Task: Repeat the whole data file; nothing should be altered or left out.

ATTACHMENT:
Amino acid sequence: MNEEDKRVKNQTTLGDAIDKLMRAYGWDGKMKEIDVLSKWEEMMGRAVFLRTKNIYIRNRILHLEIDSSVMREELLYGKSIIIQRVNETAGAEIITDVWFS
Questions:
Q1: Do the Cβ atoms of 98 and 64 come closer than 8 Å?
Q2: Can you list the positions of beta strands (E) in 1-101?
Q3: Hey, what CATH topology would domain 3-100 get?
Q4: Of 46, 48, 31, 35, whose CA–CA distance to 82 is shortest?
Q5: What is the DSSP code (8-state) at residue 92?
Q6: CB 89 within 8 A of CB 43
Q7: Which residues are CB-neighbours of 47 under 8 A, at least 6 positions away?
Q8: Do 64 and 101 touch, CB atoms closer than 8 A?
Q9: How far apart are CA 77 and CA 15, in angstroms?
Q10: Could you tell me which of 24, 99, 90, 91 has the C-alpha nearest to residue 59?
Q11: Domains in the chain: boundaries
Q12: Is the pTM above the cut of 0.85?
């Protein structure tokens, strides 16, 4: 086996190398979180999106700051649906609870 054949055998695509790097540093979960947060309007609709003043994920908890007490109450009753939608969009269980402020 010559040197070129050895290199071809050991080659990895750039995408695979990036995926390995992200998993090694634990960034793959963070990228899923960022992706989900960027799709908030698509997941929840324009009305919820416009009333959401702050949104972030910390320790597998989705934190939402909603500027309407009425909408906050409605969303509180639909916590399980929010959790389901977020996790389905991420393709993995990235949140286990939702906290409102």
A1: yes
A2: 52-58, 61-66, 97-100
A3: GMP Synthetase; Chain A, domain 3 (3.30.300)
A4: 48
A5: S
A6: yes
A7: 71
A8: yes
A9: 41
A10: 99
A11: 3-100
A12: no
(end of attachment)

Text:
Amino acid sequence: MNEEDKRVKNQTTLGDAIDKLMRAYGWDGKMKEIDVLSKWEEMMGRAVFLRTKNIYIRNRILHLEIDSSVMREELLYGKSIIIQRVNETAGAEIITDVWFS
Questions:
Q1: Do the Cβ atoms of 98 and 64 come closer than 8 Å?
Q2: Can you list the positions of beta strands (E) in 1-101?
Q3: Hey, what CATH topology would domain 3-100 get?
Q4: Of 46, 48, 31, 35, whose CA–CA distance to 82 is shortest?
Q5: What is the DSSP code (8-state) at residue 92?
Q6: CB 89 within 8 A of CB 43
Q7: Which residues are CB-neighbours of 47 under 8 A, at least 6 positions away?
Q8: Do 64 and 101 touch, CB atoms closer than 8 A?
Q9: How far apart are CA 77 and CA 15, in angstroms?
Q10: Could you tell me which of 24, 99, 90, 91 has the C-alpha nearest to residue 59?
Q11: Domains in the chain: boundaries
Q12: Is the pTM above the cut of 0.85?
């Protein structure tokens, strides 16, 4: 086996190398979180999106700051649906609870 054949055998695509790097540093979960947060309007609709003043994920908890007490109450009753939608969009269980402020 010559040197070129050895290199071809050991080659990895750039995408695979990036995926390995992200998993090694634990960034793959963070990228899923960022992706989900960027799709908030698509997941929840324009009305919820416009009333959401702050949104972030910390320790597998989705934190939402909603500027309407009425909408906050409605969303509180639909916590399980929010959790389901977020996790389905991420393709993995990235949140286990939702906290409102």
A1: yes
A2: 52-58, 61-66, 97-100
A3: GMP Synthetase; Chain A, domain 3 (3.30.300)
A4: 48
A5: S
A6: yes
A7: 71
A8: yes
A9: 41
A10: 99
A11: 3-100
A12: no